- Häftad (Paperback / softback)
- Antal sidor
- Softcover reprint of the original 1st ed. 2018
- Springer Nature Switzerland AG
- Khanlou, Nazilla / Clarke, Jennifer
- 19 Tables, color; 17 Illustrations, color; 4 Illustrations, black and white; XXXVI, 436 p. 21 illus.
- 234 x 156 x 24 mm
- Antal komponenter
- 1 Paperback / softback
- 658 g
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Today's Youth and Mental Health
Hope, Power, and Resilience1629Skickas inom 10-15 vardagar.
Fri frakt inom Sverige för privatpersoner.This book focuses on the social and intersectional determinants of mental health among youth. The innovative and cutting edge text arises out of multidisciplinary fields of academic, researchers, policy makers, practitioners, artists, and youth. Contributions from Canada, Germany, Portugal, South Korea, Burkina Faso, Afghanistan, and Jamaica addresses the complexities and the opportunities for youth across contexts. Each chapter entails an introduction to the topic, literature review and research findings, discussion, and implications in regard to research, policy, and practice. A unique aspect of the book is the inclusion of a critical response to each chapter's content from diverse stakeholders (such as policy makers, front line workers, practitioners, community activists, artists and youth).The book is a critical and current contribution to exploring youth mental health and, specifically, the ways in which youth learn, live, and resist in a world around them. Topics examined include youth social engagement, civic integration, and political participation at multiple local, regional, and transnational levels.
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Soheila Pashang, MSW, PhD is a Professor and Academic Coordinator in the Department of Health and Sciences, Social Service Worker - Immigrants and Refugees Program at Seneca College. She has over two decades of professional work as a social worker within interdisciplinary fields in Toronto. Her area of professional practice and academic work is informed by gender, equity, and social justice grounded in anti-racism and colonialism and anti-oppression perspectives. By relying on arts informed strategies, professor Pashang focuses on the issues of forced displacement, illegalized migration, Canadian immigration system, human service organizations, gender violence, trauma and mental health. She is a recipient of a number of awards for her contributions towards the front-line work, advocacy, and academic achievement, and has published poetry, books, and chapters. Nazilla Khanlou, RN, PhD is the Women's Health Research Chair in Mental Health in the Faculty of Health at York University and an Associate Professor in its School of Nursing. Professor Khanlou's clinical background is in psychiatric nursing. Her overall program of research is situated in the interdisciplinary field of community-based mental health promotion in general, and mental health promotion among youth and women in multicultural and immigrant-receiving settings in particular. She has received grants from peer-reviewed federal and provincial research funding agencies. She is founder of the International Network on Youth Integration (INYI), an international network for knowledge exchange and collaboration on youth. She has published articles, chapters, and books on youth, women, and mental health. Jennifer Clarke, MSW, RSW, PhD (c) is an Assistant Professor in the School of Social Work at Ryerson University. Her teaching, research and practice are grounded in anti-oppression, critical race, and anti-Black racism perspectives in the areas of social work education; child welfare; and K-12 public education. Her overall program of research explores the intersections of race, child welfare and education, with a focus on surveillance, racial profiling, criminalization, and the pathways of confinement via zero tolerance school safety-to-prison pipeline; grief and trauma among Black families who lose children; social issues in the Caribbean; and critical policy analysis. She is the recipient of multiple research grants and awards, has published several peer-reviewed journal articles and book chapters, and currently a guest editor for the Journal of Critical Anti-Oppressive Social Inquiry (CAOS).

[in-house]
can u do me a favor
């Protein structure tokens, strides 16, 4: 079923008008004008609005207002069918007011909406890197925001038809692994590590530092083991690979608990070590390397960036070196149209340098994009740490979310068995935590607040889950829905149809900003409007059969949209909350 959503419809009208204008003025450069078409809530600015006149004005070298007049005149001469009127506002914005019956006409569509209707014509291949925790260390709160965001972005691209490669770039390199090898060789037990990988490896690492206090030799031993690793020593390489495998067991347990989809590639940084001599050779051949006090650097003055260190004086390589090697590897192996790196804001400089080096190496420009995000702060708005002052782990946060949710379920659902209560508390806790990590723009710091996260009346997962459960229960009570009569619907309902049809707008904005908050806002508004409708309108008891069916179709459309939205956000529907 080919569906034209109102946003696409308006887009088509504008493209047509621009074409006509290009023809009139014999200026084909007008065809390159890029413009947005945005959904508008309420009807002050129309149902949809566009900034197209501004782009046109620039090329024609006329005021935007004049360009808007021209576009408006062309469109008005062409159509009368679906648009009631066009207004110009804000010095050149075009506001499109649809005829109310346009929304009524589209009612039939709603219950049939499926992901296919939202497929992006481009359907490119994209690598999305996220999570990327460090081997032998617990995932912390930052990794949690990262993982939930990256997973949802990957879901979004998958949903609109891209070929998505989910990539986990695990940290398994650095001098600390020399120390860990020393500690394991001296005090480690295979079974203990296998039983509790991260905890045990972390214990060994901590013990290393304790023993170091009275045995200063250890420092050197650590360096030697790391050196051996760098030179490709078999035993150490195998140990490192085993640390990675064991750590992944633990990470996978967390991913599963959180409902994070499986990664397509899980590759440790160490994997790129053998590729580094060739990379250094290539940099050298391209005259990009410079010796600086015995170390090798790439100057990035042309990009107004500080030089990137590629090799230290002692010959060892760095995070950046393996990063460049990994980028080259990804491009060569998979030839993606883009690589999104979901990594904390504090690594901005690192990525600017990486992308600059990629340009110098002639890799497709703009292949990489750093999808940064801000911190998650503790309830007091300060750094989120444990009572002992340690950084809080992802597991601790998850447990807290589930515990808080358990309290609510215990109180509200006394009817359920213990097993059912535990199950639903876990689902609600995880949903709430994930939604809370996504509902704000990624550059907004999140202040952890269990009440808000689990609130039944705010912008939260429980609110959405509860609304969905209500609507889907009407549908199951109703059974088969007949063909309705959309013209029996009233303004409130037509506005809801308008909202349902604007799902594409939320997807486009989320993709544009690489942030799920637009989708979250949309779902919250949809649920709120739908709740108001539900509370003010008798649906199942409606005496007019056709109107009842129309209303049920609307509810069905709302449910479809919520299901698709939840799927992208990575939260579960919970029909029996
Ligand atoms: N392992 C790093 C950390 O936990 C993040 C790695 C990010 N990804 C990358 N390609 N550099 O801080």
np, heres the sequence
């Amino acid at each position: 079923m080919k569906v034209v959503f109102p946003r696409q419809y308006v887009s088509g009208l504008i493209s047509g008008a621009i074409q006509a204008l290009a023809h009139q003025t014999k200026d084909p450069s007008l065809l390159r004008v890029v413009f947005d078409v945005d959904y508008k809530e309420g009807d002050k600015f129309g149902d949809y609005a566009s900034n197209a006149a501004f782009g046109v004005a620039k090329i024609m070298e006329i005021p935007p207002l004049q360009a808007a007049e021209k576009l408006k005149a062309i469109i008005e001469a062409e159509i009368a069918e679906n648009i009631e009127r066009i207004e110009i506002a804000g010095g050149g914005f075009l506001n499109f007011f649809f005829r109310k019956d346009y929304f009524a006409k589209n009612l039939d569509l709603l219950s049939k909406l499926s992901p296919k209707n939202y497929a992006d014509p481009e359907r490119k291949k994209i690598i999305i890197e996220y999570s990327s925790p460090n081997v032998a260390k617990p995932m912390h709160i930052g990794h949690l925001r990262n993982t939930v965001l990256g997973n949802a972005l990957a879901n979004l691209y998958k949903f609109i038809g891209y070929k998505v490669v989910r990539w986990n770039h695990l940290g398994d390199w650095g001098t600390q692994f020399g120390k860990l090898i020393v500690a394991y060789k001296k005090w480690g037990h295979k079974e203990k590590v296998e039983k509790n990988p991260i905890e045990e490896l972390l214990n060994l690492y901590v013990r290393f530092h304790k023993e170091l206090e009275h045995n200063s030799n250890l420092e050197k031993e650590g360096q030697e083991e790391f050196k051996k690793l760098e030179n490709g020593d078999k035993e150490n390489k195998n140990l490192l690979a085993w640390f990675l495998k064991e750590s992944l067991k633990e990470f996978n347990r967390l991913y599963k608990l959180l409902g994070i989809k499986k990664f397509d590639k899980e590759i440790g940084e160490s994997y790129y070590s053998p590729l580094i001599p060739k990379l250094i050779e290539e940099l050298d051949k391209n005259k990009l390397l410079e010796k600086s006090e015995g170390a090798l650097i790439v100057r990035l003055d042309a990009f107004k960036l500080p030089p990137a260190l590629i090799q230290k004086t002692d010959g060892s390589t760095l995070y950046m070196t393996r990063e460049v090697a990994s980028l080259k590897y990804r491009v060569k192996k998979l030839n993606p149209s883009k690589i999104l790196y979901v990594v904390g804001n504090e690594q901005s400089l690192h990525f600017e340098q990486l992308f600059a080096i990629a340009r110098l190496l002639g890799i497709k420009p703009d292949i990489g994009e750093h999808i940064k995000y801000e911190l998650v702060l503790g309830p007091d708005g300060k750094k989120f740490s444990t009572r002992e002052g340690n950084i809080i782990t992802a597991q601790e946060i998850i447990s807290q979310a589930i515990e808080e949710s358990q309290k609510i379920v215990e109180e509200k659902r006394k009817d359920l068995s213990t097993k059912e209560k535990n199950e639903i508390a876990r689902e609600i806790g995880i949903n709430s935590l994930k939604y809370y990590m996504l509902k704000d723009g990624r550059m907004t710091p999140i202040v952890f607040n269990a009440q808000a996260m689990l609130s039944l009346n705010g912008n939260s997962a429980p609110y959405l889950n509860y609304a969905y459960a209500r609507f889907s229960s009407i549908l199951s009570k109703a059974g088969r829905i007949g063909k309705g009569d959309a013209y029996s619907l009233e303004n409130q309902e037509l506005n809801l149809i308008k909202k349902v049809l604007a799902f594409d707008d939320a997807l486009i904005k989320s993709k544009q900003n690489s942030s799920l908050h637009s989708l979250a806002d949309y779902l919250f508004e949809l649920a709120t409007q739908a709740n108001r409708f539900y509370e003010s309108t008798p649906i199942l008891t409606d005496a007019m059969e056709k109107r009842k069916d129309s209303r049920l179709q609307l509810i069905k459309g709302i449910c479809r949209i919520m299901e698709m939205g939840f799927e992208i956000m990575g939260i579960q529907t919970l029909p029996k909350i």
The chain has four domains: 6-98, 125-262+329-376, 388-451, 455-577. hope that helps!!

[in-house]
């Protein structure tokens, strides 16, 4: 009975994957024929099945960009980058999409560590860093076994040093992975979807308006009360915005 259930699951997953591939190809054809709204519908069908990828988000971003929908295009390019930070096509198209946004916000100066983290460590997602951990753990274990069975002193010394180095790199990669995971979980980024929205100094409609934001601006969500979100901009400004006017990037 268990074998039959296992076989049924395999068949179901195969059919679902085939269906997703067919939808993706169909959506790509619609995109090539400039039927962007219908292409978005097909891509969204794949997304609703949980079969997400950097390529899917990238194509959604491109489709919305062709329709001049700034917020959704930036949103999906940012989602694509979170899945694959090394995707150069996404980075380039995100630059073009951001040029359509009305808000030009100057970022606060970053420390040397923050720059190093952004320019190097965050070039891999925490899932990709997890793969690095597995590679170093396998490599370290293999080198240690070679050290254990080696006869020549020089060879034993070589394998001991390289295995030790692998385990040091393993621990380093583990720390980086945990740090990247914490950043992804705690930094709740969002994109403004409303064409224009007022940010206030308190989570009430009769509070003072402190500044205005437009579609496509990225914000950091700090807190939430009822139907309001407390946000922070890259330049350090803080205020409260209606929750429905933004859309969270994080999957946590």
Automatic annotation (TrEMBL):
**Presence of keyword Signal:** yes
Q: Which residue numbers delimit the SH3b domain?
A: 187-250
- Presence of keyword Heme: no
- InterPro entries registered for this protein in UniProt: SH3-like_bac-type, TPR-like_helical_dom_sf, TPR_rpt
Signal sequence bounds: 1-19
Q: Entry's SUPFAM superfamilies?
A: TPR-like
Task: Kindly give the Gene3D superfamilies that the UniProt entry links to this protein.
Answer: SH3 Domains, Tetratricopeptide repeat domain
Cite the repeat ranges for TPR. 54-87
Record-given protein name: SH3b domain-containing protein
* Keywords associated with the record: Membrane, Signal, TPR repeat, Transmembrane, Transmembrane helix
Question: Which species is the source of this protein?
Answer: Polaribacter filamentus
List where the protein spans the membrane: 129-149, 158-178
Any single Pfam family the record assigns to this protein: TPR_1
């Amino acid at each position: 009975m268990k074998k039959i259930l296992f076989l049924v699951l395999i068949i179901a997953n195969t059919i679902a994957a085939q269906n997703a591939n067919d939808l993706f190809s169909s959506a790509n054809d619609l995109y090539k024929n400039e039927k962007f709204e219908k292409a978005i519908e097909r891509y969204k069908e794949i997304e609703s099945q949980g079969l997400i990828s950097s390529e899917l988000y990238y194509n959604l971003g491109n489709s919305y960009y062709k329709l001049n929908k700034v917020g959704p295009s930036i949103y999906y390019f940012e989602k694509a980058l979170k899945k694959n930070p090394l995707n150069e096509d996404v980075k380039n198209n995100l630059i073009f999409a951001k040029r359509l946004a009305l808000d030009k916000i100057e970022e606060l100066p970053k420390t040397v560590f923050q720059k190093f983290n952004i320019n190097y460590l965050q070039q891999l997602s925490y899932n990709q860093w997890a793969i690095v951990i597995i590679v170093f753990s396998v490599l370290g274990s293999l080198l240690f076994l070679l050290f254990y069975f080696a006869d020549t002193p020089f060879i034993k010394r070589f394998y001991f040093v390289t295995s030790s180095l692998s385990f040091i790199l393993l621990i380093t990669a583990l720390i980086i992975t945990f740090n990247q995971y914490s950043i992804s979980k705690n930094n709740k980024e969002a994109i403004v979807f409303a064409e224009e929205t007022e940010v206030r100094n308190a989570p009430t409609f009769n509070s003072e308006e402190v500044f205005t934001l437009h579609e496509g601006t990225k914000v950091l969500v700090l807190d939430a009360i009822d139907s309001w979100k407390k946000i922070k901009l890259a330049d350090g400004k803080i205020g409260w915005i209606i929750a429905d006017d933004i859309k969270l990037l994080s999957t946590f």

PartI: Contexts of Youth's Lives.- 1.Immigrant and Refugee Youth Mental Health in Canada:A Scoping Review of Empirical Literature.- 2.Precarious Status: Youth Mental Health at the Intersections of Identity and Migration.- 3.Dancing Bodies, Flying Souls: The Mental Health Impacts of Pedophilia Inflicted on Afghan Boys in Afghanistan.- 4.Youth Experiences of Cultural Identity and Migration: A Systems Perspective.- 5.Redefining Cyber Sexual Violence Against Emerging Young Women: Towards Conceptual Clarity.- Part II:Mental Health.- 6.Why am I still here? The Impact of Survivor Guilt on the Mental Health and Settlement Process of Refugee Youth.- 7.The Effects of Intersectional Stigma and Discrimination on the Mental Well-Being of Black, LBQ, Female Youth 18-25 Years Old.- 8.Exploring Youth Mental Health and Addictions at the Intersection of Food Insecurity and Gender.- 9.The Role of Worries in Mental Health and Well-being in Adolescence in Portugal.- 10.Eating disorders amongst second-generation Canadian South Asian female youth: An intersectionality approach toward exploring cultural conflict, dual-identity, and mental health.- Part III: Hope.- 11.Public Numbers, Private Pain: What's hidden behind the disproportionate removal of Black children and youth from families by Ontario child welfare?.- 12.SOS - Supporting Our Sisters: Narratives from the Margins.- 13.The Effect of Music Intervention Program on Self-Esteem and Aggression in the Korean Middle School Male Students with Maladjustment Problem.- 14.Resistance in Relationship: Mothers' armoring of their adolescent daughters living with facial difference.- 15.Contested Integration: Class, Race and Education of Second and Third-Generation Minority Youth, Through the Prism of Critical Pedagogy.- Part IV: Power.- 16.Education pathways: policy implications for refugee youth in Germany and Canada.- 17.When Youth get Mad through a Critical Course on Mental Health.- 18.Turning the tide: An ethnographic study of children's experiences following the death of their father in Ouagadougou (Burkina Faso).- Part V: Resilience.- 19.Suffering as "Symptom": Psychiatry and Refugee Youth.- 20.Teaching English as an Additional Language (EAL) to Refugees: Trauma and Resilience.- 21.Hip Hop and NGOs: Rwandan Youth Building Sites of Resilience and Resistance.- 22.Youth Resilience and Social Capital in a Disadvantaged Neighborhood: A Constructionist Interpretive Approach.- 23.Using PhotoVoice to Understand the Neighbourhood Impact on Immigrant Youth's Mental Health and Well-being.- 24.Stress, Resilience and Mental Health: Perspectives from a longitudinal study of immigrant and refugee youth in Canada.